By the time of this performance in October 1992, O’Connor could count many reasons why her audiences could be dismissive – at first she thought they just didn’t like her outfit. But there was also the controversy with the national anthem. She claimed that she was given the opportunity to play it before a concert in New Jersey, and she politely said no; Media quickly reported that she refused to perform if she heard him perform. There was also, of course, the moment when she appeared on Saturday Night Live and tore up a photo of the Pope that once belonged to his mother – removed from the wall as she cleaned the house after her death – and made an unrepeated statement against the Church’s history of child abuse. âFighting the real enemyâ was the clearest way she could think of to communicate her message. Many viewers took it as a provocation to fight her directly.
But for a while everyone was listening. When O’Connor performed “Mandinka” at the 1989 Grammy Awards – with the Public Enemy logo dyed through her hair in solidarity with the radical hip-hop artists snubbed by the awards ceremonies – she appeared genuinely cheerful, received by enthusiastic applause. Completely alone on a huge stage, she swiveled and shook her knees, singing at the top of the lungs in a black halter top and jeans. The performance is radiant and definitive, delivered to an insider audience who, at best, would turn their backs completely or, at worst, actively derail his career, all in the next few years.
As O’Connor’s relationship with the music industry and the press grew increasingly thorny, it was also a conscious retreat as she was worn out by the general public. At The Lion and the Cobra, you can hear her planting flags where she would later take refuge. The piercing ballad of “Just Like U Said It Would Be” gives a glimpse of the clean exorcisms of the years 1994 Universal mother; the old Irish mysticism of “Never Get Old” would be a refuge in the extraordinary of 2002 Sean-Nos Nua. And like the fragmented opener “Jackie”, told by a woman who awaits the return of her lost husband every day, defying the warnings of her community, some of her later best work has been delivered in mantra form, isolated from the noise of the world around him. âI am self-sufficient,â she said in one of them, a lesson she would spend the following decades accepting.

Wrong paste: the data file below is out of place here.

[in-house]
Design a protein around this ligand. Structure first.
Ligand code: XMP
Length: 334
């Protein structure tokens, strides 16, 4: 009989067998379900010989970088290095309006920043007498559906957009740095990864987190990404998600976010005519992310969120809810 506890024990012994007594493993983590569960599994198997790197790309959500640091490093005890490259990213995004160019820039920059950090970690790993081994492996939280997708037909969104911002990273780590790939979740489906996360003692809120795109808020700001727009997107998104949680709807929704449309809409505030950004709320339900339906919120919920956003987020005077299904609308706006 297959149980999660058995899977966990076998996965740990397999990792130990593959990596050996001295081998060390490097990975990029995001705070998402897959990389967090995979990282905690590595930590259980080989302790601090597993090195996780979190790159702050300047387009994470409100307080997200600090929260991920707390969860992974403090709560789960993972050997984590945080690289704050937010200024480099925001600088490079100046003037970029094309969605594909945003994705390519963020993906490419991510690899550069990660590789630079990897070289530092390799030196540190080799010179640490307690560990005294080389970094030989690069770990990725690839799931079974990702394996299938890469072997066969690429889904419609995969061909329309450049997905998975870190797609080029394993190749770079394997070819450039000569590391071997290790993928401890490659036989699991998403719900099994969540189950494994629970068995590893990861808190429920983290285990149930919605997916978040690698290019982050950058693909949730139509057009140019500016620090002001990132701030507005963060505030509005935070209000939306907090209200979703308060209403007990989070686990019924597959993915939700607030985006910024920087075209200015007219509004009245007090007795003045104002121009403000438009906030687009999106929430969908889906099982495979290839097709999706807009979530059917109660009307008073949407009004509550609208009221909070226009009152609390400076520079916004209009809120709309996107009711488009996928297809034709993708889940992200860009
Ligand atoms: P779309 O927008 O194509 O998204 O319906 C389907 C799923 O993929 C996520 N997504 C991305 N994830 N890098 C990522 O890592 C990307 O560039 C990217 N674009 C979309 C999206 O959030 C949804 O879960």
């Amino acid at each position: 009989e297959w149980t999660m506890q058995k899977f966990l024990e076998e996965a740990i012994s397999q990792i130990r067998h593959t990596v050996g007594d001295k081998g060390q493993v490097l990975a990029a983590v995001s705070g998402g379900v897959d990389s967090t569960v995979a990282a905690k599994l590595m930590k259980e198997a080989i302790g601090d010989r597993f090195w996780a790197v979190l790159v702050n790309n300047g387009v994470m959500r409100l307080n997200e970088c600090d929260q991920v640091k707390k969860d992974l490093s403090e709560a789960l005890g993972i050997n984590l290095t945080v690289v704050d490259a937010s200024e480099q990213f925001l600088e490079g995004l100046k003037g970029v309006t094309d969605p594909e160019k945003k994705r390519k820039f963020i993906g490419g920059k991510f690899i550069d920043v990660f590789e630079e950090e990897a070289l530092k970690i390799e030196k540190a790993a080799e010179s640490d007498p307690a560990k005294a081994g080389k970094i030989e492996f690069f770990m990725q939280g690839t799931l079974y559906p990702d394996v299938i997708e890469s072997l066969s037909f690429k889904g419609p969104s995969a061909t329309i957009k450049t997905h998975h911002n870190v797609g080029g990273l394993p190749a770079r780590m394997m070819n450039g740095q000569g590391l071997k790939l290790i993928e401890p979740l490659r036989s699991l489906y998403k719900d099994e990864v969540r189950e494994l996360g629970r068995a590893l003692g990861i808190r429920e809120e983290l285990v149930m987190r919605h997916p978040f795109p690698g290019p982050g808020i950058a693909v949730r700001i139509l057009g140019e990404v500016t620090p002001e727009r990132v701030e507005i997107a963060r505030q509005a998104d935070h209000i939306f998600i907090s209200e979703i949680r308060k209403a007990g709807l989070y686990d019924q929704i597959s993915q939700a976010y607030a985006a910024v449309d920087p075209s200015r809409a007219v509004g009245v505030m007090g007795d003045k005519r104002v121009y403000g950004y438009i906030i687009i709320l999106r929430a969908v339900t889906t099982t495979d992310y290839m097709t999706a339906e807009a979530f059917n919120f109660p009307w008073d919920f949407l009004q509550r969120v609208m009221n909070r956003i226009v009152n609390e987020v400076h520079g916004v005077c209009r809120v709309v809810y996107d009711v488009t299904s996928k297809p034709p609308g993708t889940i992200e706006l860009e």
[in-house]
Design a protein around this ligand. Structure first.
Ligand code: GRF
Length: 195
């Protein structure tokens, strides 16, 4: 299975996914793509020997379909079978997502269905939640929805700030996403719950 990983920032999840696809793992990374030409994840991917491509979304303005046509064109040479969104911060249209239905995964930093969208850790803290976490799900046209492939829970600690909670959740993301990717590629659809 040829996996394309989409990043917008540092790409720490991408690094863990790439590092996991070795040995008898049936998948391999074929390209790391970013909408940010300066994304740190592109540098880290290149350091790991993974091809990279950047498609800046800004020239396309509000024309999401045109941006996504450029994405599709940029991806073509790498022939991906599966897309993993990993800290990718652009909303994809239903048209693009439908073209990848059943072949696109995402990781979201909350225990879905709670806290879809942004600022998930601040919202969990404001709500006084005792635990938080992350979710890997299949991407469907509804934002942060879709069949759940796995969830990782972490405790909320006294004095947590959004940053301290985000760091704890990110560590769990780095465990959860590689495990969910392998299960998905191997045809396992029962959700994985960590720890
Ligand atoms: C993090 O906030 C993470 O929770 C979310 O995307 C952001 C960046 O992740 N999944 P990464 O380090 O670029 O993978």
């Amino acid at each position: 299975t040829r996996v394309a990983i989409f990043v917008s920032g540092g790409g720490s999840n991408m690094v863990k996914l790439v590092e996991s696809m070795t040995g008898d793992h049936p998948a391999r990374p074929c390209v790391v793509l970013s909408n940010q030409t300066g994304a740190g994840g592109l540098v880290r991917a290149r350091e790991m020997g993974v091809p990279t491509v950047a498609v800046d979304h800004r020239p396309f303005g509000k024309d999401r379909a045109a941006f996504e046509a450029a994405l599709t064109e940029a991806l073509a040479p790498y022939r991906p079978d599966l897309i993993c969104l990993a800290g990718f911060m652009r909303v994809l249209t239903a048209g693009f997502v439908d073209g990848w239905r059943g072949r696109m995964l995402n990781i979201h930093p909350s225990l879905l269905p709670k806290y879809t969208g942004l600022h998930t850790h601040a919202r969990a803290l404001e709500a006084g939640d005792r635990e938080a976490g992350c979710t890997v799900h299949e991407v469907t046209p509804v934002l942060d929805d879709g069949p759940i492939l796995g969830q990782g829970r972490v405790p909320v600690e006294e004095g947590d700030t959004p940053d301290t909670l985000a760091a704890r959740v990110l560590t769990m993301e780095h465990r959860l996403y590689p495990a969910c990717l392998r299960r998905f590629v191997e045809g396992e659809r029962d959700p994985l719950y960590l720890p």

A few years after his release, O’Connor was already distancing himself from the blinding rage and catharsis of The Lion and the Cobra: “Now I’m a 23 year old woman,” she whispered, only half-joking. “I don’t feel as distressed as I was when I was 15.” She was adamant about not being defined by pain in her songs. After the death of Kurt Cobain in 1994, she spoke of her desire to offer her fans another path: âThe tragedy is that he could have gotten out of this if he had had more faith than he could, âshe suggested. “I’m very conscious of wanting to show people that it can be done, by putting it in front of their eyes.”
By 1987, O’Connor began to accept this wisdom, but his faith was tested daily. When she fell in love with her drummer, John Reynolds, and became pregnant with her first child, the label encouraged her to have an abortion. âI was very upset and very hurt. How to choose between my career or a child? she said Rolling stone three years later, in a profile that coincided with âNothing Compares 2 Uâ reaching number 1 on the Billboard charts. “I wanted the baby and decided to have it.” And that’s what she did: Jake was born that summer. The Lion and the Cobra arrived in the fall, and with it, O’Connor’s life in the public eye began.
O’Connor’s music became her armor during these battles, her stronghold as the world slowly closed in on her. 90s I don’t want what I don’t have broadened the emotional canvas of the early days in a way that welcomed a whole audience of record buyers, but The Lion and the Cobra, dense as a black cloud, proudly bent to the whims of its sole creator. Consider the end of “Troy”, when O’Connor delivers one of his pivot lines – “Every look you threw told me thereforeââHer voice raising to a heartbreaking climax. As the sound distorts in the mix, she prolongs the note, louder and louder, as if trying to pierce the monitor – a first attempt to combat the mechanisms that delivered her message, to test her limits. Or maybe just to be heard.
Depending on where you live, there are two different covers for The Lion and the Cobra. For the US release, the label opted for an angelic portrait of O’Connor with his arms crossed against his chest, eyes downcast, mouth closed in front of a shiny white background. It was an alternative to the one she preferred, used in the rest of the world. There her mouth is open, eyebrows arched, shoulders tilted slightly, capturing her in constant motion and placing the image in a sort of blur. As a young artist’s introduction to a new audience, this performance was deemed a bit too hot-tempered, too provocative. In Memories, O’Connor remembers the shoot. The photographer read the album, encouraging her to react naturally as the cameras flashed. âI seem to be screaming,â she wrote. âI was actually singing.